15. I agree that the addition of the bus lane at Mt Auburn St. is a disaster. Trying to get into Cambridge is very trying. I’ve tried 3 different routes and each one is much worse than it was before this change. It took me almost 45 minutes to get from Waverley to Harvard Sq.! What we had wasn’t great but it worked much better.

  16. It seems to be an exercise in futility fo assume that timing between the 2 intersections alone will keep mt auburn and coolidge and mt auburn and route 2 coordinated. The equipment is not up to holding the timing it seems. The DCR needs to upgrade the lights to tie the two intercessions together so that what happens at Route 2 & Mt Auburn triggers appropriate green lights at Coolidge street. Either that or have a police officer with a control during rush hour to override the signal changes on both intersections. The officer would also be responsible for setting the timing correctly for Coolidge st before leaving each day.

    1. They actually have the capacity right now to couple the two lights, but believe it is safer to run them as they are.

      The equipment is top of the line. It’s the programming that has been hard — definitely not something that could be delegated to untrained person.

      We are dependent on the availability of highly trained people and that has been the problem.

  17. The ride into Harvard Square in the morning is the worst I’ve seen in the 30 years I’ve lived here. All of us, drivers, bus riders, bicyclists and pedestrians want a calm morning commute. The situation is currently unsafe because extremely frustrated drivers are jumping lanes chaotically. This does not appear to be an improvement.

  18. It would be good to let the public know how much longer these fixes will take in the long run. Also, it’s useful to provide some perspective. Where else has this system been run? What is unique about this system? Does it work better in other countries or states or municipalities than now? Are our systems engineers not equipped to fix the problems?

  19. So I thought being on a bus in the bus lane around 9a or 8:45a wasn’t ultimately too bad. Yes there was a backup around the Star Market area, but it didn’t seem different from the late October runs.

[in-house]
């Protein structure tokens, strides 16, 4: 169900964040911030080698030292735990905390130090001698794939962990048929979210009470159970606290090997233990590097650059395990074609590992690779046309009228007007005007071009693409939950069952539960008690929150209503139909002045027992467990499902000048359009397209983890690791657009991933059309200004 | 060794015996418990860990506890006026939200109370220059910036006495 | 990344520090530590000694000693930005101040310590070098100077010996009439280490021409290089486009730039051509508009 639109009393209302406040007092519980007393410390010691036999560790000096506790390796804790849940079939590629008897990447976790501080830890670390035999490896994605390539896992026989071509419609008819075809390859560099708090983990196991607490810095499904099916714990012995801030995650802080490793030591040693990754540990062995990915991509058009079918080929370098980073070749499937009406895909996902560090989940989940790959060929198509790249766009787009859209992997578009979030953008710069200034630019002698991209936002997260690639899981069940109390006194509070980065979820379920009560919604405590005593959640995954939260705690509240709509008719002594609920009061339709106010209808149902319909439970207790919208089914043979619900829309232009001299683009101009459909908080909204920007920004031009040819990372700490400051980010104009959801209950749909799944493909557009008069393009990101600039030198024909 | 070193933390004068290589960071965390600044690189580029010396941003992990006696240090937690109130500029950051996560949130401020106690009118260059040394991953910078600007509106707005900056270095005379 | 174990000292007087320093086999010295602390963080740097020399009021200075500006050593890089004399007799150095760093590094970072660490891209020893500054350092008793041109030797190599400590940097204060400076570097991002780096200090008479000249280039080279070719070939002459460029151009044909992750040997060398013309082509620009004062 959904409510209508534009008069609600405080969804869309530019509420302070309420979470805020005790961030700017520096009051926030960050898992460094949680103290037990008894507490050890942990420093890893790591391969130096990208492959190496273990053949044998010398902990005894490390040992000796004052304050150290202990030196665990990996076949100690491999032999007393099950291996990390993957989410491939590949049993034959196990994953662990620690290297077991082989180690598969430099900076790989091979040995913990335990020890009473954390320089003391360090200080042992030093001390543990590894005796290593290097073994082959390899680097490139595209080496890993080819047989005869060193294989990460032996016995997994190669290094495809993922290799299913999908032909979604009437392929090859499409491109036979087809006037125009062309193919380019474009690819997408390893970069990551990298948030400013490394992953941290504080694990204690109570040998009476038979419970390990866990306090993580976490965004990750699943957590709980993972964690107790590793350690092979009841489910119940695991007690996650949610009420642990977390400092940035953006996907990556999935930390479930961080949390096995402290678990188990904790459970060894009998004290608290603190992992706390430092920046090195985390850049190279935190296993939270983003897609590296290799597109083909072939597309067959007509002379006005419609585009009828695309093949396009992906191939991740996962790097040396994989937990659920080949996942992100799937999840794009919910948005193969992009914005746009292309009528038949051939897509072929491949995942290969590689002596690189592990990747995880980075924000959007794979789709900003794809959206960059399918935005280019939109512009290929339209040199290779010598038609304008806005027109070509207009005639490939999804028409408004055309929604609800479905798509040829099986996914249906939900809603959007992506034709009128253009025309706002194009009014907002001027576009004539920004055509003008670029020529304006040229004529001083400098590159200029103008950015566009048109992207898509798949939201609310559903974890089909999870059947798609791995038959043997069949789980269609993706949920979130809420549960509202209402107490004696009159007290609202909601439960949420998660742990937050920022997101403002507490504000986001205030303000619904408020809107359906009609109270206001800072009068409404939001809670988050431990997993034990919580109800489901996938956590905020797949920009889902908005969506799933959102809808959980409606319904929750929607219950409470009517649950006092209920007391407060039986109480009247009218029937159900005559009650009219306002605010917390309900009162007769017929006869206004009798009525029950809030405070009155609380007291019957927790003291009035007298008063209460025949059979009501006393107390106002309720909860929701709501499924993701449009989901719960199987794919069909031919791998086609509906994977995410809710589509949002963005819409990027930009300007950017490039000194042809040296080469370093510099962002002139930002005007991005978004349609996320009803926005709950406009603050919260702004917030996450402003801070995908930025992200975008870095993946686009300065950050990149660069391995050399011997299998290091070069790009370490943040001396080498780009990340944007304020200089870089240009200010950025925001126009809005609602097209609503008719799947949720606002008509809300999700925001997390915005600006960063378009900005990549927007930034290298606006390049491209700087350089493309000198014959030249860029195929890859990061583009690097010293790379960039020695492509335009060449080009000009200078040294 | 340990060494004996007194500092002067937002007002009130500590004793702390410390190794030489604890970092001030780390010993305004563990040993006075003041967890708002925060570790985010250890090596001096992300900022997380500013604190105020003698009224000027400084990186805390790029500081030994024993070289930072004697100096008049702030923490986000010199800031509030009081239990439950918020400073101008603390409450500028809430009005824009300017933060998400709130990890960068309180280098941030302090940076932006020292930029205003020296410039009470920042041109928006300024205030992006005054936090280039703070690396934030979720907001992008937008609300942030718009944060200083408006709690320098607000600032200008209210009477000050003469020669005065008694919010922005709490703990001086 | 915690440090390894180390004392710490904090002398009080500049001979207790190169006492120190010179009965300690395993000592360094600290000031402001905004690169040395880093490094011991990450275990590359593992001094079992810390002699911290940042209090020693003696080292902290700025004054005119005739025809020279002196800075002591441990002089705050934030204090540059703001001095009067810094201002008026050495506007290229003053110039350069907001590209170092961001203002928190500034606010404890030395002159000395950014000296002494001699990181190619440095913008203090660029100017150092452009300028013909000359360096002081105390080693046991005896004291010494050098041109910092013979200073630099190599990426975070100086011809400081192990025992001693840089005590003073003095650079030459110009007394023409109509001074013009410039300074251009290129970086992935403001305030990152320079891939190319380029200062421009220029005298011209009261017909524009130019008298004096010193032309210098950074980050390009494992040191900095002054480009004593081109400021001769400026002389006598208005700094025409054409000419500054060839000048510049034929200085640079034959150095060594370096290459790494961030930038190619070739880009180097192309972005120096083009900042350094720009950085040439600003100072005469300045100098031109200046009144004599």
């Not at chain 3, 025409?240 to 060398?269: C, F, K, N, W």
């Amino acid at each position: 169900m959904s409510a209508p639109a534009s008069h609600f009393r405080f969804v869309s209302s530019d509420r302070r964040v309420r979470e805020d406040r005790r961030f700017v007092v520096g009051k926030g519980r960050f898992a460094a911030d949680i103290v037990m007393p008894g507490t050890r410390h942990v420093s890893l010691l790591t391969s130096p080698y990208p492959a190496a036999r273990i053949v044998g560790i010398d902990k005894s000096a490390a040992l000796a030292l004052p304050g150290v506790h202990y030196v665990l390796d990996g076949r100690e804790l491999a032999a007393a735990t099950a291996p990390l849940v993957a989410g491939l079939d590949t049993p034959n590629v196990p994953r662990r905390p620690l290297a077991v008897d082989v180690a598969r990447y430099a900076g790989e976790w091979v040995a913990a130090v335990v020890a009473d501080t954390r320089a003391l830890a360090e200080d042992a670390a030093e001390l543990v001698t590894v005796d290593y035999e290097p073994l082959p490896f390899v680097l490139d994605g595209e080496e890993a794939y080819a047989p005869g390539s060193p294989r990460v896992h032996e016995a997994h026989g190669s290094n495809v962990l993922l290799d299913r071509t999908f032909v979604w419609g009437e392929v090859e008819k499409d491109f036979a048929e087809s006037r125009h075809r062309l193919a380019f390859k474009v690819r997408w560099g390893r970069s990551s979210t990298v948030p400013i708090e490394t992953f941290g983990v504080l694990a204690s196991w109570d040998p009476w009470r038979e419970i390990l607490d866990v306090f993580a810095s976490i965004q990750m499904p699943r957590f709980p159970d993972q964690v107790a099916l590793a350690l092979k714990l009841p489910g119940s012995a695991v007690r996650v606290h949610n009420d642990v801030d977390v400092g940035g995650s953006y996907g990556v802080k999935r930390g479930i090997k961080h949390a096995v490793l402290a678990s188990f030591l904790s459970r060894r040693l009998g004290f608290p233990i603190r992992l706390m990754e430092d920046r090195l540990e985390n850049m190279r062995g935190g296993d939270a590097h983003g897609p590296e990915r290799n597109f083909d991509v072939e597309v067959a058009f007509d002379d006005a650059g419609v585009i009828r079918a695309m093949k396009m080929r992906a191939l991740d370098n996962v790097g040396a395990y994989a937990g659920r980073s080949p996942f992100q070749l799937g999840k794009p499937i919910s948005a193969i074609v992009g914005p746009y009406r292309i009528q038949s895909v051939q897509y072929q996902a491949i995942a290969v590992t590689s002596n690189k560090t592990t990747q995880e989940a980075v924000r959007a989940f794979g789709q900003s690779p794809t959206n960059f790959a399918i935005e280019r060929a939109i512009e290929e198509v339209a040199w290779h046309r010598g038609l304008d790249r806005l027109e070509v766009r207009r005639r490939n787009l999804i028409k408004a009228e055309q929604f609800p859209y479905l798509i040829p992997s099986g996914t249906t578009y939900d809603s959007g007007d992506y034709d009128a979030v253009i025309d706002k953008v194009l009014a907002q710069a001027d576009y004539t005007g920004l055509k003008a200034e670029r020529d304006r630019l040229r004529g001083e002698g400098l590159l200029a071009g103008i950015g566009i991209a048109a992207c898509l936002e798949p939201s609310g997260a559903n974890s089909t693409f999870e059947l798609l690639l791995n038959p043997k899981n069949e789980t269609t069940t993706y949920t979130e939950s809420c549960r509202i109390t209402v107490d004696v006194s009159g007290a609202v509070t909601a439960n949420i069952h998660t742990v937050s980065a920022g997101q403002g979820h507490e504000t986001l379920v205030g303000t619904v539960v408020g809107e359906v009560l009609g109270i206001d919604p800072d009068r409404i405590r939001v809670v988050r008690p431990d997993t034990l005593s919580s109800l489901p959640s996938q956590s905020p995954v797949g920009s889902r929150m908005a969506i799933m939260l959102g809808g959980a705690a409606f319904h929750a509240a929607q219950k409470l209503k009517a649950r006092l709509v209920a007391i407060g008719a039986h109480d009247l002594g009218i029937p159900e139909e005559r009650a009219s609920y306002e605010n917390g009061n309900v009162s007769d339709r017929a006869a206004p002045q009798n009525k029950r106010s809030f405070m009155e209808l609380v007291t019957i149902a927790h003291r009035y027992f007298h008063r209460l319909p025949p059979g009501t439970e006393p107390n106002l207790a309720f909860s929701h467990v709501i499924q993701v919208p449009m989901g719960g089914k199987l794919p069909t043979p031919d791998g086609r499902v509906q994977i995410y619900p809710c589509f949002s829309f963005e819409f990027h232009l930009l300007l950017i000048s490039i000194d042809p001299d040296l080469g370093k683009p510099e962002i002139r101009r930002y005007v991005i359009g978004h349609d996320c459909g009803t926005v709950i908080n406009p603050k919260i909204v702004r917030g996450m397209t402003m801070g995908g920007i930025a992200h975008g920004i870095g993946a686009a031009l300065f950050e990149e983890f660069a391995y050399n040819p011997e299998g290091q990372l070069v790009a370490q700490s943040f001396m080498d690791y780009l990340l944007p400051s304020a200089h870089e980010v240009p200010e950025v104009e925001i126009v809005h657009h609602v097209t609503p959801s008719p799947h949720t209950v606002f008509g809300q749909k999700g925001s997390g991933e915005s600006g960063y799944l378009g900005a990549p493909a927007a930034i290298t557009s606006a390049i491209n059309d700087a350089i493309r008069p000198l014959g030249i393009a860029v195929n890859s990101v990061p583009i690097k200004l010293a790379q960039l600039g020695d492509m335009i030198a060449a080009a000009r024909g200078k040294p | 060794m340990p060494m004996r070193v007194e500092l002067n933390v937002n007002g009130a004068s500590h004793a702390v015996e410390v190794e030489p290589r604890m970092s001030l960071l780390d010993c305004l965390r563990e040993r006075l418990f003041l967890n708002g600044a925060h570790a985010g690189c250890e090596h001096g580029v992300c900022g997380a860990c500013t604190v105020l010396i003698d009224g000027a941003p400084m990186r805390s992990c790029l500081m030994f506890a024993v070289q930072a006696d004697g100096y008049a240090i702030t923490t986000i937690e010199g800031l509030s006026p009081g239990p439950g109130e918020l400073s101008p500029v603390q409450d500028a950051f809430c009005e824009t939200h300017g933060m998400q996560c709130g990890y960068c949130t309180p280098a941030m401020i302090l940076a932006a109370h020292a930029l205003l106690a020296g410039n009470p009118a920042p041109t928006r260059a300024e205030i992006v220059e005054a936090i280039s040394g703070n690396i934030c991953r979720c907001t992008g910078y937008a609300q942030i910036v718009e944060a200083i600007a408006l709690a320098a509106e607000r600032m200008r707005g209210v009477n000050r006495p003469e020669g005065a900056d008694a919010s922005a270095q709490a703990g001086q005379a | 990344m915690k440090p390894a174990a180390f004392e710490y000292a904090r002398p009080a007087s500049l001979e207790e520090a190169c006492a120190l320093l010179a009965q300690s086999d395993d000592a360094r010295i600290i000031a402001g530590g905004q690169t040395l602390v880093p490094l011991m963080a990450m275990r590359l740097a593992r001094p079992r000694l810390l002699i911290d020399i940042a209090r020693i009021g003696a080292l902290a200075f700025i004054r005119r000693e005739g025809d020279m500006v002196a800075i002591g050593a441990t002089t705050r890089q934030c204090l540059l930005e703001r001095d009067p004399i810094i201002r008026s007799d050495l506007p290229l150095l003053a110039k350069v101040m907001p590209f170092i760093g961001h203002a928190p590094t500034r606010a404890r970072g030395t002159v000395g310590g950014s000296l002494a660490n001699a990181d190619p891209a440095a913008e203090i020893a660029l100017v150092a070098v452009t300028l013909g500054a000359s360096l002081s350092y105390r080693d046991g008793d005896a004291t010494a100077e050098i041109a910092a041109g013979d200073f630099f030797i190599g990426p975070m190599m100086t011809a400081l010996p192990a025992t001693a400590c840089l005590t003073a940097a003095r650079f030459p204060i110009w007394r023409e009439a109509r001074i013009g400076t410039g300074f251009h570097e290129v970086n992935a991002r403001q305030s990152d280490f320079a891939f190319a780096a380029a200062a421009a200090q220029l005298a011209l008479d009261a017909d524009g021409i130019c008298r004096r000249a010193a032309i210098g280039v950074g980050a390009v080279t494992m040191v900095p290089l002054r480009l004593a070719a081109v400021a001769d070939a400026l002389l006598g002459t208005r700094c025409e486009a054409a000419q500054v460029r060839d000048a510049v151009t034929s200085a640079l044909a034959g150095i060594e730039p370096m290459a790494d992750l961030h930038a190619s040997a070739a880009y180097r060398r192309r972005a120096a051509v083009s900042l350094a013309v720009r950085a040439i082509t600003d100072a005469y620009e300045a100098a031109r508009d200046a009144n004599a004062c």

20. Please just stop this experiment. I try to leave early to get to my day job but I am unable to leave extremely early due to early-morning teaching I have to do at another location. As I result of this experiment, I have been late nearly every day over the past 10 days and I am in danger of being fired from my job as a result. I could lose my job and my benefits because of this little “experiment” 🙁

  21. This morning by car driving in to Cambridge around 7:30 am things felt “back to normal”. The commute home in the evenings by bus around 5:15 pm has been taking about 5-10 min longer than it had over the past 2 weeks (when it dropped dramatically). It has been incredibly frustrating not to know how long the commute will take especially in the mornings when I need to be at work at a particular time, and I appreciate your close attention to this matter. Its a little surprising to hear how complicated it is to sync up traffic lights, and I do appreciate the updates.

  22. Thursday morning bus commute at 830 was perfect. I do appreciate these bus lanes as a mbta rider. It makes a huge difference to make this ride shorter for the VERY full buses of people. I am almost always standing on the bus in the morning, cutting that time means a big difference.

  23. Huge improvement today (Friday morning, 11/16) compared to earlier in the week. I got on the 73 at the Belmont St stop opposite Payson and it only took 16 min to get off at Harvard Square station. Amazing. This despite the bad weather and late bus meant that I am on track to get to work 15-20 min earlier than I normally do. Thank you!

  24. Dear Senator Brownsberger,

    Thank you for all your work on the Mt Auburn bus transit, really appreciated.
    There is one motorist behavior that remains a daily issue that slows down traffic in front of Star market.

    If other people have already commented on this, please disregard:

    almost invariably, going inbound, motorists illegally make a left turn into the Star market lot by crossing two solid yellow lines in the middle of Mt. Auburn street, instead of turning left a few feet further on Homer avenue at the light, that features a dedicated green arrow for left turn. This second option is obviously safer, easier, gets them to the same place, and doesn’t hold up lines of cars waiting for the motorist to do the illegal turn in front of incoming traffic.

    This issue was bad enough before the bus lane, but now it means actually having an even longer single lane back up behind the motorists who choose to turn left. I also see motorists doing a dangerous quick right into the bus lane to bypass the stalled vehicle.

    Maybe a concrete divider for a few feet at that location would help, a sign no Left turn and/or a No Entry sign (only exit) in the Star market lane in question.

    I hope these comments are useful to ameliorate an already much improved situation.

    Thank you again,

    Sincerely

    Michele

    Watertown

    1. Thank you. You raise a good issue. The left is actually legal — one can cross two yellow lines to turn left “if it is safe”. But the impact on traffic flow is a possible concern and I am raising this point with the design team.

Comments are closed.